Even if self-making opens one to accusations of narcissism, the alternative, if Ricoeur is right, is worse. He points to Austrian writer Robert Musil’s “man without qualities,” who is unwilling or unable to commit himself to any narrative of himself, who lives in a house he cannot even bear to furnish lest his decorating be taken by others as a binding referendum on who he is. If Barbey D’Aurevilly is the proto-Kardashian, then the man without qualities is the anti-Kardashian: someone with no narrative at all. His curious apathy makes him a void: incapable of real engagement because he cannot commit, publicly or privately, to a position, an idea, a way of being. In Ricoeur’s words, he “becomes ultimately nonidentifiable … ridiculous to the point of being superfluous.” Fittingly, the novel in which he appears was never finished.

To be protean, to be “no one” in the sense of a character, is also to be alone. When we strip away or mute all our public qualities, we become not some kind of Rousseauian “natural man” or “woman,” undefiled by Facebook likes or retweets. Rather, we deny ourselves — and one another — the commitment to self-making that performativity allows, the commitment to being to one another the people we intend to be for ourselves. “Give a man a mask,” Oscar Wilde famously said, “and he’ll tell you the truth from another point of view.” So too do our self-performances — airbrushed, filtered, contoured, and all — reveal the truth about ourselves, offered up in the masks we choose.

There is a political dimension, too, to conscious self-making. In the aftermath of the U.S. election, it is more difficult than ever to deny that we operate at least on some level as characters caught up in enacting versions of ourselves in myths. These myths can either be either of our own making or belong to those who seek to use us as supporting characters — just as the dandies of fin de siècle France did — in their own narratives. Donald Trump’s campaign structured a powerful story for his supporters, in which their vote would “drain the swamp” and bring down Wagnerian destruction on the establishment. By this logic, voting became an act of heroic and defiant self-making and meaning making. It’s a reminder of how easily our attempts self-making can be manipulated by another, more powerful, storyteller.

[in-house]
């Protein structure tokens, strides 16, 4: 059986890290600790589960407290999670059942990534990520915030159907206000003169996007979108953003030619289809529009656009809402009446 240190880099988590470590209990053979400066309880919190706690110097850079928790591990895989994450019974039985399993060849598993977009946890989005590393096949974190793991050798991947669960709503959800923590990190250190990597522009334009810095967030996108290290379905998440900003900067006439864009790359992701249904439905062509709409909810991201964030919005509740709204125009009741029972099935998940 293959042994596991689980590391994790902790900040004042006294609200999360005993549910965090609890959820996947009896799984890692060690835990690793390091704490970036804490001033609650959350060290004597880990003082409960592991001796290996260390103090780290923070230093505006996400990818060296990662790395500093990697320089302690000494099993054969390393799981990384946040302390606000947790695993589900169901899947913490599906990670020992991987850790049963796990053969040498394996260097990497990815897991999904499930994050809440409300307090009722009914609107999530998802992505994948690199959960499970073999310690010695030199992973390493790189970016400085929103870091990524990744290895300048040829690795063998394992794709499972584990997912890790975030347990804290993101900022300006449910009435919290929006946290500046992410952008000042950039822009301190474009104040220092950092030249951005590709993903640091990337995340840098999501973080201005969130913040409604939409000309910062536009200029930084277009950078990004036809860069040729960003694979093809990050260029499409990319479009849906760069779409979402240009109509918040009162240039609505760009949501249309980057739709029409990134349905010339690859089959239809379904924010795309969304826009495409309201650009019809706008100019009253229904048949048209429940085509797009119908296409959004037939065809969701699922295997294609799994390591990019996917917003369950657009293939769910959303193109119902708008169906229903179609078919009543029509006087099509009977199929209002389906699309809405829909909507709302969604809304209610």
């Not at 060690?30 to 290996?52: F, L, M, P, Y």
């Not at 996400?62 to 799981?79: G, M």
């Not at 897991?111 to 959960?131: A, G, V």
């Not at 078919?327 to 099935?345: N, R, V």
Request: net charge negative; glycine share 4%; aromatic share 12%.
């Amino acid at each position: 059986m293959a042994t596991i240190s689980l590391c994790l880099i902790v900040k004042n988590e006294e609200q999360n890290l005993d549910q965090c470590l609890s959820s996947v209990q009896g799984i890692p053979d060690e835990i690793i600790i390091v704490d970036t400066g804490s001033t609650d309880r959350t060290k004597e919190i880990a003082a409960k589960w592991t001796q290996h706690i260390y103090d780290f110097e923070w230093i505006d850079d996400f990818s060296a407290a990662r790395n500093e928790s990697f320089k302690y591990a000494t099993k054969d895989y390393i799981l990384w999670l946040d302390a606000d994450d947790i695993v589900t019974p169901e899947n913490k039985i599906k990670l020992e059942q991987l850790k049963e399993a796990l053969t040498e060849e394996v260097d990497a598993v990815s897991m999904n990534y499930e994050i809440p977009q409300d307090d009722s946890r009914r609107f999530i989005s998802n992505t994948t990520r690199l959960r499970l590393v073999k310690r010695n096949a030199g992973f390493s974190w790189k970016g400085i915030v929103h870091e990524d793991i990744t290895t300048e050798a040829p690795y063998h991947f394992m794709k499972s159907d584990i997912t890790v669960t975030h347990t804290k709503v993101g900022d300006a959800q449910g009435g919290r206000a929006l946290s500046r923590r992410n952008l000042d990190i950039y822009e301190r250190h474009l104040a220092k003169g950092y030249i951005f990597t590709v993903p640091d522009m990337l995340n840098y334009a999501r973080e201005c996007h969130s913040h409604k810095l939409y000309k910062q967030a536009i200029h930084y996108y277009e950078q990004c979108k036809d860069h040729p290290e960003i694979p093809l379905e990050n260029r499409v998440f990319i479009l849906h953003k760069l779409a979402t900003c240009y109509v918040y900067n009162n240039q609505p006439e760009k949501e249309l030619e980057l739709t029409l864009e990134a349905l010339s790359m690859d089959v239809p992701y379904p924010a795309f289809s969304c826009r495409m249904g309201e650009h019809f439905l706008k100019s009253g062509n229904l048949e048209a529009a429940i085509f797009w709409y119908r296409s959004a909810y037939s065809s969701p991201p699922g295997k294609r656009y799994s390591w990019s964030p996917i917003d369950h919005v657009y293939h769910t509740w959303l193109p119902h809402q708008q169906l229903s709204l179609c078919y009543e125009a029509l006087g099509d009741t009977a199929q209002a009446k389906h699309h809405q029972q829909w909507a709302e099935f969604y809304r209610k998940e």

Yet only through conscious control of the stories we tell about ourselves — a discernment rooted in rebellion against the stories foisted upon us by others — that we can resist being rendered la foule. We perform the acts of faith so that the faith may come. So too do we perform them consciously, so that we may not unwittingly perform another’s.